Using human induced pluripotent stem cells to characterise a novel nonsense variant in RYR2

UoM administered thesis: Phd

Abstract

Introduction: Heterozygous pathogenic variants within RYR2 cause catecholaminergic polymorphic ventricular tachycardia (CPVT). Patients with CPVT have structurally normal hearts but develop adrenergically mediated arrhythmias. The majority of pathogenic variants within RYR2 are missense variants which result in a gain of function of RYR2, causing ryanodine receptors to become increasingly sensitive to activation by calcium and have an increased open probability leading to an increased propensity to develop spontaneous calcium waves. More recently several missense variants have been shown to lead to arrhythmias by causing a loss of function. We identified a novel nonsense variant, p.(Arg4790Ter), in RYR2 in a young woman who suffered a cardiac arrest. In order to further characterise this variant and understand the underlying mechanism by which RYR2 variants can cause arrhythmias human induced pluripotent stem cells (hiPSCs) were generated from this patient. Methods: The hiPSCs were differentiated into cardiomyocytes (hiPSC-CMs). Fluorescent calcium imaging was performed on the hiPSC-CMs to assess calcium handling abnormalities at baseline, following adrenergic stimulation and after incubation with different beta-blockers. RT-PCR and western blotting was performed to determine whether the nonsense variant results in the expression of the mutant allele and production of a truncated protein. Allele-specific shRNAs were designed in order to silence the mutant allele. Results: Significantly more hiPSC-CMs derived from the two different clones of the patient line (RYR2 hiPSC-CMs) displayed calcium handling abnormalities at baseline compared to control hiPSC-CMs (70.9% and 64.9% vs 28.9%, p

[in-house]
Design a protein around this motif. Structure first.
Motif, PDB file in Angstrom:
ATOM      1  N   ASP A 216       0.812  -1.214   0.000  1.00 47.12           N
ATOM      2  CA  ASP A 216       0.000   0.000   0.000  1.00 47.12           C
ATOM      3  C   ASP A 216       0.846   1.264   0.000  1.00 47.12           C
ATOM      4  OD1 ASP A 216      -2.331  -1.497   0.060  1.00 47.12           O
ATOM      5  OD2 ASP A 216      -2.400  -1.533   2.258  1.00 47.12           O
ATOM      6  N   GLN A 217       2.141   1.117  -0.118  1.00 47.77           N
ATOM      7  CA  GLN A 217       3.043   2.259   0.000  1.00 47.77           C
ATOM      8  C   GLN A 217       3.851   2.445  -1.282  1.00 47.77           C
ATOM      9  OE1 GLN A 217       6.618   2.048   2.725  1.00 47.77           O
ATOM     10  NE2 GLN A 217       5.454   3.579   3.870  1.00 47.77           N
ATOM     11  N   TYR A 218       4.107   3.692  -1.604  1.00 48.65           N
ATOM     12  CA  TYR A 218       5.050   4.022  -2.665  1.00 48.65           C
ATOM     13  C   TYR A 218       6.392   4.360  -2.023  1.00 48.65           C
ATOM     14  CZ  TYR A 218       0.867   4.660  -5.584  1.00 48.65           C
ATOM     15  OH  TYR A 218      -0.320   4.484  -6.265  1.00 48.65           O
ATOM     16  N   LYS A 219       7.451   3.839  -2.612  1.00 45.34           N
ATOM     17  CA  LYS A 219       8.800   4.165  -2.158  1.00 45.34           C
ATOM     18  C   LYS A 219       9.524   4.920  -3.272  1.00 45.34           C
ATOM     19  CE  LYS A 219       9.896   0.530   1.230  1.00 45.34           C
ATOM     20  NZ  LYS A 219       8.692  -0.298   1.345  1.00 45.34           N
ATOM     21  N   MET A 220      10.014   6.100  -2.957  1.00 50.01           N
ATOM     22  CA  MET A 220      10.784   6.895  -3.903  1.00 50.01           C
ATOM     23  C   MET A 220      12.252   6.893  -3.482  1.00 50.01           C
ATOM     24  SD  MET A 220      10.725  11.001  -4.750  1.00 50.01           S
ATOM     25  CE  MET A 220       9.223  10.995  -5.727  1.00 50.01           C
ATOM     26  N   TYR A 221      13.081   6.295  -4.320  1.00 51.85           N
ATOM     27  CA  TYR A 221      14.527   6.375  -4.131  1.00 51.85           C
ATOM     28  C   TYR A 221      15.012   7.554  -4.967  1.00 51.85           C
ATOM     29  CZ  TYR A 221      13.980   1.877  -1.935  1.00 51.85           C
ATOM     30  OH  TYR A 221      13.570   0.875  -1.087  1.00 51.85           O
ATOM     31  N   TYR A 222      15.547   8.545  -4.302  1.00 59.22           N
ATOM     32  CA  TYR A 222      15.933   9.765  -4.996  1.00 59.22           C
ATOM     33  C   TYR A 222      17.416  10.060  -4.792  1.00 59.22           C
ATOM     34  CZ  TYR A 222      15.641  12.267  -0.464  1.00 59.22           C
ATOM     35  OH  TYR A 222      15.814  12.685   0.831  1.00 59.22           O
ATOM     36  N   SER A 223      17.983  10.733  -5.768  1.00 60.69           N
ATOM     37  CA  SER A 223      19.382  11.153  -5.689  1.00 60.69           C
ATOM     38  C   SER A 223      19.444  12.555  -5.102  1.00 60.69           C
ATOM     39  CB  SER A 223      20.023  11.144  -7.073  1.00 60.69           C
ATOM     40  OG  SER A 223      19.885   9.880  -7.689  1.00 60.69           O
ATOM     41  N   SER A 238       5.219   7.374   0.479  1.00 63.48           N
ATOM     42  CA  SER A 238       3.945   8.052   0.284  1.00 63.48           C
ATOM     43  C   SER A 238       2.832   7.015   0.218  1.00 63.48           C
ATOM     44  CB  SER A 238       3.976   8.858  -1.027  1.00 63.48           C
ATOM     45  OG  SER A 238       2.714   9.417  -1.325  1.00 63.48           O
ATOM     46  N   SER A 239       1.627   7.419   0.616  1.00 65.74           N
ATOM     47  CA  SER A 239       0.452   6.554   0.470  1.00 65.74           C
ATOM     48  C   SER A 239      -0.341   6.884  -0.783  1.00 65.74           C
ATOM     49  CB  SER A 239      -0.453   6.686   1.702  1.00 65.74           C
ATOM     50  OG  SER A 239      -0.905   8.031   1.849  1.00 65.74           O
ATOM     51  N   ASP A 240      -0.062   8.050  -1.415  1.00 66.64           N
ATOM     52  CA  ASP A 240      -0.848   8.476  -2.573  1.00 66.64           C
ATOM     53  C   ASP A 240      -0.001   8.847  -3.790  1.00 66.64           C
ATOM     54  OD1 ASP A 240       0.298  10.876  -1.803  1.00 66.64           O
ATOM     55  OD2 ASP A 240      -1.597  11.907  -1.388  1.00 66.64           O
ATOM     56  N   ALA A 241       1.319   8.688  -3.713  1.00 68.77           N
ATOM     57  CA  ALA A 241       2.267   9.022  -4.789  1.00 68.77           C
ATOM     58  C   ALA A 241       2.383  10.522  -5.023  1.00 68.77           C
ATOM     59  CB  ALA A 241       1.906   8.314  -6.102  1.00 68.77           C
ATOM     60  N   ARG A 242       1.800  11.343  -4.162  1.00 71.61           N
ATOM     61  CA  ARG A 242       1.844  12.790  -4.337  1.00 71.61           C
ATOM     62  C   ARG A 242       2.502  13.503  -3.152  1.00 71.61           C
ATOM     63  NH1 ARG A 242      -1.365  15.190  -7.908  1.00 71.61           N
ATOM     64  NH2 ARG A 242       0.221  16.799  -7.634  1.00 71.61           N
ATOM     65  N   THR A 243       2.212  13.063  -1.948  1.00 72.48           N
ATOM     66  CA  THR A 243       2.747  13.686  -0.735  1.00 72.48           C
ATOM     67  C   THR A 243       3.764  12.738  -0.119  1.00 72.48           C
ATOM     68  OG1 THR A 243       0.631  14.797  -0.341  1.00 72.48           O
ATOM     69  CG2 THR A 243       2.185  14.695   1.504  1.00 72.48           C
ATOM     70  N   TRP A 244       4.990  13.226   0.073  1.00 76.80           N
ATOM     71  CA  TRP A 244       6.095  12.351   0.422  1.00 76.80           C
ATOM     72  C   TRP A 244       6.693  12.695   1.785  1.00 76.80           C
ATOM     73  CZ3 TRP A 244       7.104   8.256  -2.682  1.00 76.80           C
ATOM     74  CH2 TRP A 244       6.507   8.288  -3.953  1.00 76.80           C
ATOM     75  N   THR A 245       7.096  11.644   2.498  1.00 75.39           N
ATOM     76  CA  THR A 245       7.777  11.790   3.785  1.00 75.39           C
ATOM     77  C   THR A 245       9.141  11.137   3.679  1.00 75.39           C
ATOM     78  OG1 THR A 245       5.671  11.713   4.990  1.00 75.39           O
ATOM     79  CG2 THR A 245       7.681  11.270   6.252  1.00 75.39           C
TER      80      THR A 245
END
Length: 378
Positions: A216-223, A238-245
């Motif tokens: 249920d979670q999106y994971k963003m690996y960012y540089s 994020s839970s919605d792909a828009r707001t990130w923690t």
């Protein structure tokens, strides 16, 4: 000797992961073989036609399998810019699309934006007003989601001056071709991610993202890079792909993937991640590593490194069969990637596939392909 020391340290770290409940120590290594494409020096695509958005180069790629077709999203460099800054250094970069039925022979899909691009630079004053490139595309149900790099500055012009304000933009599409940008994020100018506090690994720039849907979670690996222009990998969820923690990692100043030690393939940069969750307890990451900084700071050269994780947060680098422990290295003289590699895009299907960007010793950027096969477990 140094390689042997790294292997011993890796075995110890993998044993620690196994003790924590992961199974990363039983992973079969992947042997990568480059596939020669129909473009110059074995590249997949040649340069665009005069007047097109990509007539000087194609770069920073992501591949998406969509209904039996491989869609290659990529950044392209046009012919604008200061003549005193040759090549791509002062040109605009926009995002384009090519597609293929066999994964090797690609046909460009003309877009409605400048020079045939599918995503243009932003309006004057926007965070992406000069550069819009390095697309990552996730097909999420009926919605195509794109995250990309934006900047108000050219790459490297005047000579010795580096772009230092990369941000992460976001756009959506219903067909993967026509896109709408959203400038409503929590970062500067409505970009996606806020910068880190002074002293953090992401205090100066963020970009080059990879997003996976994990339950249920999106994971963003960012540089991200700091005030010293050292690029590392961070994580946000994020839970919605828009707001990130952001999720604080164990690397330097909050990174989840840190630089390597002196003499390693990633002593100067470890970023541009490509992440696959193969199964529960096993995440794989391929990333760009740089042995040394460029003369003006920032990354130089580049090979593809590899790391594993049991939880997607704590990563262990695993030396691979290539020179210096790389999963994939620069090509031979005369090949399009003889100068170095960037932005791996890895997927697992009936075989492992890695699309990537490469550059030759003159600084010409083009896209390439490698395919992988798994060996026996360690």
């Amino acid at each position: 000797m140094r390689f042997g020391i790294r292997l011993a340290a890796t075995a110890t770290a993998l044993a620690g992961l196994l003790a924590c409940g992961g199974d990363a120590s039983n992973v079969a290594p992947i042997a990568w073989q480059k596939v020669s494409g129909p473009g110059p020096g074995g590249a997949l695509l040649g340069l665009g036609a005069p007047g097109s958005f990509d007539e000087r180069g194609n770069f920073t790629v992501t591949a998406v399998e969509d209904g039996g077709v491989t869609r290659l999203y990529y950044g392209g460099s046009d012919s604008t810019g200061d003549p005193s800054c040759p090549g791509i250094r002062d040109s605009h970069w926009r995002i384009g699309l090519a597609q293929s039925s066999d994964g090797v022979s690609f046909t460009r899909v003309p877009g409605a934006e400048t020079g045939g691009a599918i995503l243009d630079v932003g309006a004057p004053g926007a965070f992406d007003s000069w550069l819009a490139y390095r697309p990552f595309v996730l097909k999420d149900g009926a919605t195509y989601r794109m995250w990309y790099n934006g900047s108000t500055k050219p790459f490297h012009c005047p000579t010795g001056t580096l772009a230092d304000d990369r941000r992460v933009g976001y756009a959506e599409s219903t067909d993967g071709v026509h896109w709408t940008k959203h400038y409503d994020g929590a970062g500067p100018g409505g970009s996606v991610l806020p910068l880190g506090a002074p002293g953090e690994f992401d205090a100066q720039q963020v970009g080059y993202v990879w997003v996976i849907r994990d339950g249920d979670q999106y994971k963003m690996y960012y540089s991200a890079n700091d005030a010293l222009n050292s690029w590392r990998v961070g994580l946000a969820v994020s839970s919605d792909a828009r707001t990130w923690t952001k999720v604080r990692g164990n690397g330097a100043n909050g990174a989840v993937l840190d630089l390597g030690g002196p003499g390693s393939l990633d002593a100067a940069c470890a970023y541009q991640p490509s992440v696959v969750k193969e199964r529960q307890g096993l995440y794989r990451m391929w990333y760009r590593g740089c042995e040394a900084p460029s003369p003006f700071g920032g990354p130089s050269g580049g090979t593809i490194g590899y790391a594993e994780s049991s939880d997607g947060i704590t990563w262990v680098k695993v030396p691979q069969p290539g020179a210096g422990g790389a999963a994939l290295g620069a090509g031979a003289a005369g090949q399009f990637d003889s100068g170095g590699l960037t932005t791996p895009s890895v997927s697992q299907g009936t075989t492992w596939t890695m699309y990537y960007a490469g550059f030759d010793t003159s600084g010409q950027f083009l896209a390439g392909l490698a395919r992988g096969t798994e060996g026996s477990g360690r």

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Original languageEnglish
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Award date31 Dec 2019